For anyone that cares, today is the Transgender Day of Remembrance, something that means a lot to me. Today, we honor all of those who have lost or taken their life due to transphobic hatred or due to the unbearable living conditions that come with being transgender. It breaks my heart to see people struggle so much and would do anything to help those going through the same situation or one similar. I am proud of those who have the courage to continue to fight on through each and every day, and I grieve for those who weren’t as fortunate. Hopefully, one day, we will be able to live in a world that accepts others differences and understands them. RIP to those we’ve lost. And, for the ones still fighting, keep fighting. It will get better.
Hey all! Long time, no see. It seemed to get a really good response, so I’m posting this here until I can maybe submit it somewhere better? Hope you enjoy!
Hello, everyone, and thank you so much for coming to this year’s Transgender Day of Remembrance ceremony.
I would like to talk to you all about Dora Özer. Perhaps one of you will have the opportunity to speak her name aloud later this evening. Her name, if called, will be just one of many we will hear this evening. We will all pause. Some of us will cry. Few of us will ever know anything more about her than those very specific reasons that anyone comes to our attention this evening – she was transgender, her life was violently taken away from her this year, and, what’s more, people heard about it. In the midst of the deafening uproar that had only just begun sweeping through Turkey, protesetors rallied around Dora’s memory, which grew into a wave of solidarity demonstrations across the world in July, which is how her story fully came to my attention. As a Turkish trans woman, the unchecked violence Dora and her sisters have faced and continue to face everyday resonates particularly strongly for me.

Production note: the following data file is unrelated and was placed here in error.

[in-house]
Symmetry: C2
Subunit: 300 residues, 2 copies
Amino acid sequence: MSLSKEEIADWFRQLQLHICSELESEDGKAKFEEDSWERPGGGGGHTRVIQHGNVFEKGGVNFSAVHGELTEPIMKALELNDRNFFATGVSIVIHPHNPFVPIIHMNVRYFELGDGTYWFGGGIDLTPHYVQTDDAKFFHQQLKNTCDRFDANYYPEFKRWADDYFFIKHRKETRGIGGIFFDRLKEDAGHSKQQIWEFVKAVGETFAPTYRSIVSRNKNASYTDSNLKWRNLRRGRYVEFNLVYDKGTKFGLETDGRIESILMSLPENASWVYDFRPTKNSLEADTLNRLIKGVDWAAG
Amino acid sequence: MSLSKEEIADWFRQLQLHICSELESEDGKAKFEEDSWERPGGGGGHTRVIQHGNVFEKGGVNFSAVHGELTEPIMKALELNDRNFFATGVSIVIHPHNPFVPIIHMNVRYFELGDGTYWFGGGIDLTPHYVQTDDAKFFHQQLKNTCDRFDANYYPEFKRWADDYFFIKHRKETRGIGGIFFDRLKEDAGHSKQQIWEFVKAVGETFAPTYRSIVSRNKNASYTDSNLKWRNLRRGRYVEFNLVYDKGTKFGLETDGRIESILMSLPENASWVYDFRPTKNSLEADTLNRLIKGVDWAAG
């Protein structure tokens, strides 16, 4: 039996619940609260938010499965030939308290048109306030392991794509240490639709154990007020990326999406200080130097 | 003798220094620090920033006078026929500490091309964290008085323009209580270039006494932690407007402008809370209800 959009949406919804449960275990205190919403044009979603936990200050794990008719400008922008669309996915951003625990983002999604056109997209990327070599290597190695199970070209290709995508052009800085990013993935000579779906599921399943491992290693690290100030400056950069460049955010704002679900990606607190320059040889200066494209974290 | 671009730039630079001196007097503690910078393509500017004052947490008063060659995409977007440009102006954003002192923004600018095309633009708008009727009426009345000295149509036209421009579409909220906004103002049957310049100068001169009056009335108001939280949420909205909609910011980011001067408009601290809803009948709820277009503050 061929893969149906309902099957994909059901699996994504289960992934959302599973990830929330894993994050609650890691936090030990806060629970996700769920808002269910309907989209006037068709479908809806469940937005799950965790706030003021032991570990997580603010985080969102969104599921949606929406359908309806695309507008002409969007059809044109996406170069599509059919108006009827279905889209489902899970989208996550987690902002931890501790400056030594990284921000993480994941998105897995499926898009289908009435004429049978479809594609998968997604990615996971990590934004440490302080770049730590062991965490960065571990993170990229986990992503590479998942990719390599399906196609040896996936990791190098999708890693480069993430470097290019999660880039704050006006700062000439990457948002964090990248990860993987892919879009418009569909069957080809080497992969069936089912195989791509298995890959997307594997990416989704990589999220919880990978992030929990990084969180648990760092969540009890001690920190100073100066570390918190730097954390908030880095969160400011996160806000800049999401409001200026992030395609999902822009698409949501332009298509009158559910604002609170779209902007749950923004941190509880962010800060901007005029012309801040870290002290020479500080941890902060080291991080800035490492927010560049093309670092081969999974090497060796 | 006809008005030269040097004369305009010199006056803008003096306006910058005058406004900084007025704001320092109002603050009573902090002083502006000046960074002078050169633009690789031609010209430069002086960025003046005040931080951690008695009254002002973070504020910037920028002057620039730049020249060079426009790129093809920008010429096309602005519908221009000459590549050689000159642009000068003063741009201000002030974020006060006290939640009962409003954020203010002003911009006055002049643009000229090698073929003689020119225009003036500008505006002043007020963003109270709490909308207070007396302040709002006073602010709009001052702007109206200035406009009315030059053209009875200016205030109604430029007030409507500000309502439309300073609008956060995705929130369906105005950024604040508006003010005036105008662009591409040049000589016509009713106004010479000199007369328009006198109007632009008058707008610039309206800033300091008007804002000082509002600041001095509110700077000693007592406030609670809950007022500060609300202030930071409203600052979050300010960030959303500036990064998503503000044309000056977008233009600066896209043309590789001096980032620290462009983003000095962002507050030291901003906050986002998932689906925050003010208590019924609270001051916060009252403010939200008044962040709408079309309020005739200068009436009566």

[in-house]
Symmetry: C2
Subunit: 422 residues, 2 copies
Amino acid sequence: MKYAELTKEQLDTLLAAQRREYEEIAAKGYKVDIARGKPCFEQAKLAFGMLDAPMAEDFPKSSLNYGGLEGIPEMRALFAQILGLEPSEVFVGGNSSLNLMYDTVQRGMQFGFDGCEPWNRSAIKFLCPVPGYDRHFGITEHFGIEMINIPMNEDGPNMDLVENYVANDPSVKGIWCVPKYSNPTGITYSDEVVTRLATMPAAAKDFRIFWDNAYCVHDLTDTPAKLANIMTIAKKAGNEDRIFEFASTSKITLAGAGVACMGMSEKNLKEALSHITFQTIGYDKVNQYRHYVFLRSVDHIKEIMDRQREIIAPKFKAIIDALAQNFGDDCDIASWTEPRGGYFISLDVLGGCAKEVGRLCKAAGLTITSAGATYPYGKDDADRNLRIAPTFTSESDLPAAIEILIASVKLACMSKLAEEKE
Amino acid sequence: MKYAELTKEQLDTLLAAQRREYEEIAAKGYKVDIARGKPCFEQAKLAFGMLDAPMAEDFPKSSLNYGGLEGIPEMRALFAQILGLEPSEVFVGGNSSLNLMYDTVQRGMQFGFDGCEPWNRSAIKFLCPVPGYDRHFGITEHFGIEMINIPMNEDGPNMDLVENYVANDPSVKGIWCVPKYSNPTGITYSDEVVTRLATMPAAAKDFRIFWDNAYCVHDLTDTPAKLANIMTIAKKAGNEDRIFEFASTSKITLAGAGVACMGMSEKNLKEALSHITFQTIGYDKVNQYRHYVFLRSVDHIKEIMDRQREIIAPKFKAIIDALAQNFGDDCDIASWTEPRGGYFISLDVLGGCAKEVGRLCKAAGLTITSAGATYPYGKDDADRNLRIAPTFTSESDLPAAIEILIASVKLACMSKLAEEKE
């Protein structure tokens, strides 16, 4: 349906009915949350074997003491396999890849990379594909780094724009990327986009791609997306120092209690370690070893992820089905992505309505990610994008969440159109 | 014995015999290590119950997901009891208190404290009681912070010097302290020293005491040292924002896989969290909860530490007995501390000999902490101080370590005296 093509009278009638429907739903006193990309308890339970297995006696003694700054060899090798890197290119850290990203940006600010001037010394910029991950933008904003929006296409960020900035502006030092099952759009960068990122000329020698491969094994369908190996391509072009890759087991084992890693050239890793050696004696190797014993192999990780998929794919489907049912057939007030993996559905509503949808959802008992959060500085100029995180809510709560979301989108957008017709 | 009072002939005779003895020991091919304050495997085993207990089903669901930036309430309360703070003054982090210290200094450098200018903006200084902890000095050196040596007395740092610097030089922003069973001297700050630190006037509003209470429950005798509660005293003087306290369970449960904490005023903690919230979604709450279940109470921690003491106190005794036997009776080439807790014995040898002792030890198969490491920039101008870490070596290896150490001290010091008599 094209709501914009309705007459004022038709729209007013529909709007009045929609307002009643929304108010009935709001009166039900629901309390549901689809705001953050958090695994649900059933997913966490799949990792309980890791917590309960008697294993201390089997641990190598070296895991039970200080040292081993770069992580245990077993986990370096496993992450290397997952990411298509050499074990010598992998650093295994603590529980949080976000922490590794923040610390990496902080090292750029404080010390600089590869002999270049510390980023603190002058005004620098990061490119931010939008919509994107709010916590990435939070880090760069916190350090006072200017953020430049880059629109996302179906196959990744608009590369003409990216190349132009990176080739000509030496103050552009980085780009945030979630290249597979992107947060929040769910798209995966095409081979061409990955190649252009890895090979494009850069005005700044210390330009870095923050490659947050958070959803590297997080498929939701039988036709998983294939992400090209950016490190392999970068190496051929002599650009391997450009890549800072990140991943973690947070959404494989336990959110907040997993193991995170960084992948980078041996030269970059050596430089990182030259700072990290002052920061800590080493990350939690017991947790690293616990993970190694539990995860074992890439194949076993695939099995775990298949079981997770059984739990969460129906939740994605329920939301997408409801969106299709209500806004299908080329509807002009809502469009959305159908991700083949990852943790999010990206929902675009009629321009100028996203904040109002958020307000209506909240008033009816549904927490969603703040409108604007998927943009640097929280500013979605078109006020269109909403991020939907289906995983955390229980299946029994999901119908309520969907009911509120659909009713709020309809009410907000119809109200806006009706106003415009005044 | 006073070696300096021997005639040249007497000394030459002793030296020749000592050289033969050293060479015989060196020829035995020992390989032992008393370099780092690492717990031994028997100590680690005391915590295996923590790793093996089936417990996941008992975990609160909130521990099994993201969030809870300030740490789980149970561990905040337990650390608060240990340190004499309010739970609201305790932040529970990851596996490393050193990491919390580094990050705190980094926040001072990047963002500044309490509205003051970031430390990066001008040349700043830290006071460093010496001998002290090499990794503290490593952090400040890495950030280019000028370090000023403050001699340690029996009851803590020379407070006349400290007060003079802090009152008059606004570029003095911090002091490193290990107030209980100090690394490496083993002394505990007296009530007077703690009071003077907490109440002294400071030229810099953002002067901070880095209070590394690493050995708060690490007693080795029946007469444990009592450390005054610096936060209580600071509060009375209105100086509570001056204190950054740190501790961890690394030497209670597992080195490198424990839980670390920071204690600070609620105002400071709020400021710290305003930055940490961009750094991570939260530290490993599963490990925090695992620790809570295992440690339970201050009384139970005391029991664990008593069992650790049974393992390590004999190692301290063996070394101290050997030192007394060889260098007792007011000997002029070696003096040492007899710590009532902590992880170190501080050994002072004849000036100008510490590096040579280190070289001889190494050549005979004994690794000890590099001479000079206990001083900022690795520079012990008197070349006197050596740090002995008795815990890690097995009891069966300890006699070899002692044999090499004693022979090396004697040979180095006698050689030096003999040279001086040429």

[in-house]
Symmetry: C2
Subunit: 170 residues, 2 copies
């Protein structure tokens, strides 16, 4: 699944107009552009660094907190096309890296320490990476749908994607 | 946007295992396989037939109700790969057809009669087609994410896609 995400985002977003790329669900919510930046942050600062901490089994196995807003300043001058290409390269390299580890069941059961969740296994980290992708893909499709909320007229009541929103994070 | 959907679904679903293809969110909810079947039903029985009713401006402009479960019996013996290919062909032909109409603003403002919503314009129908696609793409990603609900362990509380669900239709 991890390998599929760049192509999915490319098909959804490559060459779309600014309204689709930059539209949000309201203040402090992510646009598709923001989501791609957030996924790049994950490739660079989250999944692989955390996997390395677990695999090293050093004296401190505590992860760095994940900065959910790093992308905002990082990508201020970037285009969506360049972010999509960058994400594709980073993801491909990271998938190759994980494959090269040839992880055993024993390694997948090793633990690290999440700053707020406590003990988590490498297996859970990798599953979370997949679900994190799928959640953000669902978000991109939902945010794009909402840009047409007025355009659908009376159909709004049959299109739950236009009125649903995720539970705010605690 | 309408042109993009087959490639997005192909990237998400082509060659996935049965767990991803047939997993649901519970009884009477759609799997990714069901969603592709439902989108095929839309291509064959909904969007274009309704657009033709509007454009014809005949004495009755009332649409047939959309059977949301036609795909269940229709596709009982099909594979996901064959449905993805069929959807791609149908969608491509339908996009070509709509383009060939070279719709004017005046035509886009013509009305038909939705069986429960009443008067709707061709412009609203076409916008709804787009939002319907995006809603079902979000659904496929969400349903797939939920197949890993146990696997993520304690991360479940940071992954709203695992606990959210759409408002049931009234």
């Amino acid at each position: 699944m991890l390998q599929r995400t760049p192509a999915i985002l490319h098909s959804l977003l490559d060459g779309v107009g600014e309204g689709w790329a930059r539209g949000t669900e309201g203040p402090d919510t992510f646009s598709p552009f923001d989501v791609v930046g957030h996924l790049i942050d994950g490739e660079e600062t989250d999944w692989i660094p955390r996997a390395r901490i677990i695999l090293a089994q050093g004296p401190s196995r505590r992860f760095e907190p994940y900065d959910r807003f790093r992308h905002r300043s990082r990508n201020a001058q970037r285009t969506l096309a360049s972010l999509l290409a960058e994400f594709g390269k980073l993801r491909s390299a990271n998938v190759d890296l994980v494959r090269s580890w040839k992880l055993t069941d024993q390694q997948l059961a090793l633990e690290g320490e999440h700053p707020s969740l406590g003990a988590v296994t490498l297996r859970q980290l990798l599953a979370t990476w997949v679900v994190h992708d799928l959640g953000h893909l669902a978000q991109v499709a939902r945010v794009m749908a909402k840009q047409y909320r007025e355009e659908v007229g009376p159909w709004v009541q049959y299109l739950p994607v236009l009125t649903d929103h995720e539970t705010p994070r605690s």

But I’m not them; none of us are. I have many transgender friends across the country who face so many hardships in their lives – including rampant harassment, discrimination, and the everpresent specter of suicide – but I can very thankfully say that I do not live with a daily expectation that a dear friend or comrade I care about has been beaten or killed. Being transgender alone does not mark one as a target for these most malicious of abuses. Those of us who live here in Ithaca, and especially those of us associated with Cornell, cannot do these people justice by thinking that because we are members of a broader queer and trans community that we share equally in the burdens of our kind. We make appeals to statistics that make us feel our lives are constantly at risk when, in fact, we have incredible privileges that in many ways shelter us from the worst excesses of others.